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INDOOR GEO-LOCATION AND TRACKING OF MOBILE AUTONOMOUS ROBOT

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Date Issued:
2005
Abstract/Description:
The field of robotics has always been one of fascination right from the day of Terminator. Even though we still do not have robots that can actually replicate human action and intelligence, progress is being made in the right direction. Robotic applications range from defense to civilian, in public safety and fire fighting. With the increase in urban-warfare robot tracking inside buildings and in cities form a very important application. The numerous applications range from munitions tracking to replacing soldiers for reconnaissance information. Fire fighters use robots for survey of the affected area. Tracking robots has been limited to the local area under consideration. Decision making is inhibited due to limited local knowledge and approximations have to be made. An effective decision making would involve tracking the robot in earth co-ordinates such as latitude and longitude. GPS signal provides us sufficient and reliable data for such decision making. The main drawback of using GPS is that it is unavailable indoors and also there is signal attenuation outdoors. Indoor geolocation forms the basis of tracking robots inside buildings and other places where GPS signals are unavailable. Indoor geolocation has traditionally been the field of wireless networks using techniques such as low frequency RF signals and ultra-wideband antennas. In this thesis we propose a novel method for achieving geolocation and enable tracking. Geolocation and tracking are achieved by a combination of Gyroscope and encoders together referred to as the Inertial Navigation System (INS). Gyroscopes have been widely used in aerospace applications for stabilizing aircrafts. In our case we use gyroscope as means of determining the heading of the robot. Further, commands can be sent to the robot when it is off balance or off-track. Sensors are inherently error prone; hence the process of geolocation is complicated and limited by the imperfect mathematical modeling of input noise. We make use of Kalman Filter for processing erroneous sensor data, as it provides us a robust and stable algorithm. The error characteristics of the sensors are input to the Kalman Filter and filtered data is obtained. We have performed a large set of experiments, both indoors and outdoors to test the reliability of the system. In outdoors we have used the GPS signal to aid the INS measurements. When indoors we utilize the last known position and extrapolate to obtain the GPS co-ordinates.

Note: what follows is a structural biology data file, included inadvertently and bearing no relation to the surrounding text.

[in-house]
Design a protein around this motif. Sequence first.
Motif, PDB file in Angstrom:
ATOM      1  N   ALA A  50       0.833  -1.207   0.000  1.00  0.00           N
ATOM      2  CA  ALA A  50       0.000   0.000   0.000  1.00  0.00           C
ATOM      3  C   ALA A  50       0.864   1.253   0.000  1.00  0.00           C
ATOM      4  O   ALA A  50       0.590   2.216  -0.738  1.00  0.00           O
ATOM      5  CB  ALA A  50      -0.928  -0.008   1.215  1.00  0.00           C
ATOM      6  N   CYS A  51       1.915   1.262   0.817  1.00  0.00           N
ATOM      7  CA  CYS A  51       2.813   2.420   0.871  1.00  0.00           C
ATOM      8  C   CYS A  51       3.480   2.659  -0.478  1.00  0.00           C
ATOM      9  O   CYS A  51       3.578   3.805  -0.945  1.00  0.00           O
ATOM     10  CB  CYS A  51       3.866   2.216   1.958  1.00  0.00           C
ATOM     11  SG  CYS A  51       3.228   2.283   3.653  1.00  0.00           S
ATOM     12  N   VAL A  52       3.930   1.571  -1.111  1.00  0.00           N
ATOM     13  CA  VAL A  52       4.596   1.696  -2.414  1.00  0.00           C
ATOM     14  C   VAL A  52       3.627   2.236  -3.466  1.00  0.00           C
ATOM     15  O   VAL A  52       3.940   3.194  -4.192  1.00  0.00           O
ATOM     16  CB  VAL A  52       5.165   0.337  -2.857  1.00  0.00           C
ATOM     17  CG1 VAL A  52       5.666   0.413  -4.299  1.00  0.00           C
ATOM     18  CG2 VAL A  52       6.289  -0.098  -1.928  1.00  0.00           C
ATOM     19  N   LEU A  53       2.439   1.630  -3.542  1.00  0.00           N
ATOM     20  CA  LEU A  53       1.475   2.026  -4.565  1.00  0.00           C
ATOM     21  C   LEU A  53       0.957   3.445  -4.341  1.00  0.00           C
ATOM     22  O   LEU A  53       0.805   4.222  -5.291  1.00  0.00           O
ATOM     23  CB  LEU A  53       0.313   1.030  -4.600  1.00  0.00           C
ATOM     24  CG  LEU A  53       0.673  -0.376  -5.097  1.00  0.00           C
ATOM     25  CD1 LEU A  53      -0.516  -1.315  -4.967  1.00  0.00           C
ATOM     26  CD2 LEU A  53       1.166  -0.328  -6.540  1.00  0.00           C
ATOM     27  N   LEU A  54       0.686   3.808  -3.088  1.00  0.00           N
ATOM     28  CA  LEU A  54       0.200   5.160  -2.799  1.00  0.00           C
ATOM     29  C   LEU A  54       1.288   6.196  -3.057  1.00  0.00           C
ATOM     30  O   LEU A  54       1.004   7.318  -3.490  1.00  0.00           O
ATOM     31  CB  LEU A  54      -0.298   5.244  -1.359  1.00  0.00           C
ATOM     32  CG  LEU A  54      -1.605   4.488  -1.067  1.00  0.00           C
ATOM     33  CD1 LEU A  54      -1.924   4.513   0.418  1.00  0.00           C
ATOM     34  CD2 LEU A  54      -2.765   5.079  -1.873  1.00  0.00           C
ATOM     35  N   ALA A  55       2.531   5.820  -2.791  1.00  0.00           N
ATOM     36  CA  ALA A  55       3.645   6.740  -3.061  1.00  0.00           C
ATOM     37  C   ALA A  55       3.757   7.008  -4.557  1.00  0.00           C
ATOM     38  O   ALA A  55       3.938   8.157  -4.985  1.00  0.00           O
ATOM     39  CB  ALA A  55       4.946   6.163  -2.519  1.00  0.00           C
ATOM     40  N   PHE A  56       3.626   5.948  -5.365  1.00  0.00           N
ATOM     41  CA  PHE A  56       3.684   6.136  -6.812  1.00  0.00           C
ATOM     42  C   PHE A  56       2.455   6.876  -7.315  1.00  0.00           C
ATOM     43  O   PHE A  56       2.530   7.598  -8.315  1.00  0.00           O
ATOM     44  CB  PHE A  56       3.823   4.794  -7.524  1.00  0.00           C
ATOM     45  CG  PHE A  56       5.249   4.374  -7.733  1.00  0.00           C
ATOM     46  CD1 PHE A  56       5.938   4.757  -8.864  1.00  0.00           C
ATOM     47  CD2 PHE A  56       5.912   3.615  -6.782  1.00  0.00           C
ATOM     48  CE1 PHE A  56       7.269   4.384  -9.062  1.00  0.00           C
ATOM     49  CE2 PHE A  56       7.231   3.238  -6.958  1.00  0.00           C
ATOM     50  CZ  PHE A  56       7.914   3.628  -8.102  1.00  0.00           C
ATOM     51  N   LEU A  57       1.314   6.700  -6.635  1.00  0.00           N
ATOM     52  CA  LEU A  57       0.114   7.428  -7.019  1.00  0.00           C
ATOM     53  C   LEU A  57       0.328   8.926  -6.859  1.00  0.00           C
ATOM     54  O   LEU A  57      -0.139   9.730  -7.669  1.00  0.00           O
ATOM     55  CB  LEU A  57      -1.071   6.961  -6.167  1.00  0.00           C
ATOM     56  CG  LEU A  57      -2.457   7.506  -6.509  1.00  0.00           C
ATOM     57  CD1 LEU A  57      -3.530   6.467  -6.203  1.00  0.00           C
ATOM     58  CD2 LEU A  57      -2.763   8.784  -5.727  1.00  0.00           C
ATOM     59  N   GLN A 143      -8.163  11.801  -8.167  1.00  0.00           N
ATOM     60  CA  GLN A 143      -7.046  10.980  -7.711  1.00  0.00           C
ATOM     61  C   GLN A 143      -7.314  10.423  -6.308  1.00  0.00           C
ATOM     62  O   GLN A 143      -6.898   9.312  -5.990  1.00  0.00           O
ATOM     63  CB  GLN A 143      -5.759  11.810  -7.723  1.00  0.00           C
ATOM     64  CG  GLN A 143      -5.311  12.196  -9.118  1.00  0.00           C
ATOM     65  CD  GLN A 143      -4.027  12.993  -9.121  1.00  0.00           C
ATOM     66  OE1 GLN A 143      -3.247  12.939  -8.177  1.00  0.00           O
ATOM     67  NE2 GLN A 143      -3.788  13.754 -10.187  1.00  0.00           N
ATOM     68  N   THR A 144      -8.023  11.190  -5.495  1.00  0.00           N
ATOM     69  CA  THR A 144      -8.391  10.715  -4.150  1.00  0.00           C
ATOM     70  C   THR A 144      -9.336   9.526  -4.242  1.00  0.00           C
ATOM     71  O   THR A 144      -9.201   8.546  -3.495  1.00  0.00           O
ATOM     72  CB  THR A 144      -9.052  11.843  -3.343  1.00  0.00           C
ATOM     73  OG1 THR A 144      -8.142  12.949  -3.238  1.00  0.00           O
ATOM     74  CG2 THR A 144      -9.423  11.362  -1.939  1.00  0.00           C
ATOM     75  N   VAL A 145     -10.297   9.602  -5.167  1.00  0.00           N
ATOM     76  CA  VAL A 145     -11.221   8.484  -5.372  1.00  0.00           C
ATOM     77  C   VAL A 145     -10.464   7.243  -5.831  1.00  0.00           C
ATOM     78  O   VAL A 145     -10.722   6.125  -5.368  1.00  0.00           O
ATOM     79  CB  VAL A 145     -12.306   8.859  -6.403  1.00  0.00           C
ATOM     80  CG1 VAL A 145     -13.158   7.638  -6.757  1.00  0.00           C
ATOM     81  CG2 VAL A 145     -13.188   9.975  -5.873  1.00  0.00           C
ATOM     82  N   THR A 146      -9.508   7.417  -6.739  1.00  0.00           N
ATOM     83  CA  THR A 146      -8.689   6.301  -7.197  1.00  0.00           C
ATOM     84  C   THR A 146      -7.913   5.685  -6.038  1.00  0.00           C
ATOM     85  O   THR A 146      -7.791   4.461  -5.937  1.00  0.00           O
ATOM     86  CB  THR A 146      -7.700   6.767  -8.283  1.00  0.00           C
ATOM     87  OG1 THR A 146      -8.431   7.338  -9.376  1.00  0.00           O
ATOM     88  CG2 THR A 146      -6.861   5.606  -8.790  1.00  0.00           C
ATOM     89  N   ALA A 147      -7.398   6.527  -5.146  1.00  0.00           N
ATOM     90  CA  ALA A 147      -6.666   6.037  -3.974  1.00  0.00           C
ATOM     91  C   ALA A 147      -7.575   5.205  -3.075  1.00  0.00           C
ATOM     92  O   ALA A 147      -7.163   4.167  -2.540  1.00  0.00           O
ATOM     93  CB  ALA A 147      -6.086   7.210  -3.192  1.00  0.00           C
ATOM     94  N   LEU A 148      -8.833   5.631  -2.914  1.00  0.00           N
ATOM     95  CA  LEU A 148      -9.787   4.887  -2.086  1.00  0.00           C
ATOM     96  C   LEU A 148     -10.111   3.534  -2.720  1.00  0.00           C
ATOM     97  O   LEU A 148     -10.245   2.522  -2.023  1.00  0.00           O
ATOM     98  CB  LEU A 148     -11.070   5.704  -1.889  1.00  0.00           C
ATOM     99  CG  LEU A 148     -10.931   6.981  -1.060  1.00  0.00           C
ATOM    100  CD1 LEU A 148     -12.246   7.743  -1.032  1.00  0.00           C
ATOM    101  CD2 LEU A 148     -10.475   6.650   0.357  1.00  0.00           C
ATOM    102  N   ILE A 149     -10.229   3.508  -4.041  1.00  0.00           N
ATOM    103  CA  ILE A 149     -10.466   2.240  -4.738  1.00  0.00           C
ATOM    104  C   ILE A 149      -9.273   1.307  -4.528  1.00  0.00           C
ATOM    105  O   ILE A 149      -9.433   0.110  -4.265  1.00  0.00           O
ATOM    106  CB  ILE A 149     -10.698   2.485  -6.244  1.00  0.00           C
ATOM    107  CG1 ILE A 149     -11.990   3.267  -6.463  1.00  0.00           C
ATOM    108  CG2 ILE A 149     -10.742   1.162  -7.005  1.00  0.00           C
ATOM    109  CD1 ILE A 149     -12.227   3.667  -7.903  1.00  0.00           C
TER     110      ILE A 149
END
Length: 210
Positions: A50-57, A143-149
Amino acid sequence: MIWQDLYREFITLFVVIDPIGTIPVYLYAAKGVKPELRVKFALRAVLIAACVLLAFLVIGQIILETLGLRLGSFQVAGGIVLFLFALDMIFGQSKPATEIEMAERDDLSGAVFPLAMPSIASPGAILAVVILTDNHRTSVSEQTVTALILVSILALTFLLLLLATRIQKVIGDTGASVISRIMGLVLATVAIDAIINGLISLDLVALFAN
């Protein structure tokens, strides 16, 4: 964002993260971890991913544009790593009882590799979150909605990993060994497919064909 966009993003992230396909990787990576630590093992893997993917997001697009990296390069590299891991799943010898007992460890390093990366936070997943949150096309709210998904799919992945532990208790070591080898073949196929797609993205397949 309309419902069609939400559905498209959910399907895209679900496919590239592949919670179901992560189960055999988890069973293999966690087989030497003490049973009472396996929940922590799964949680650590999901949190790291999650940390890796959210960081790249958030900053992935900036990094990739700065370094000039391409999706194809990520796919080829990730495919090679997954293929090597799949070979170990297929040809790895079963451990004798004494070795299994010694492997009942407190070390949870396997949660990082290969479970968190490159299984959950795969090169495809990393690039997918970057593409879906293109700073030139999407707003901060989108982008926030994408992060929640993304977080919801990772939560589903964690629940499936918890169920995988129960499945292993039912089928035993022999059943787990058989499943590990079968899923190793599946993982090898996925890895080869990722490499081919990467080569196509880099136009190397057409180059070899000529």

Title: INDOOR GEO-LOCATION AND TRACKING OF MOBILE AUTONOMOUS ROBOT.
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Name(s): Ramamurthy, Mahesh , Author
Schiavone, Guy, Committee Chair
University of Central Florida, Degree Grantor
Type of Resource: text
Date Issued: 2005
Publisher: University of Central Florida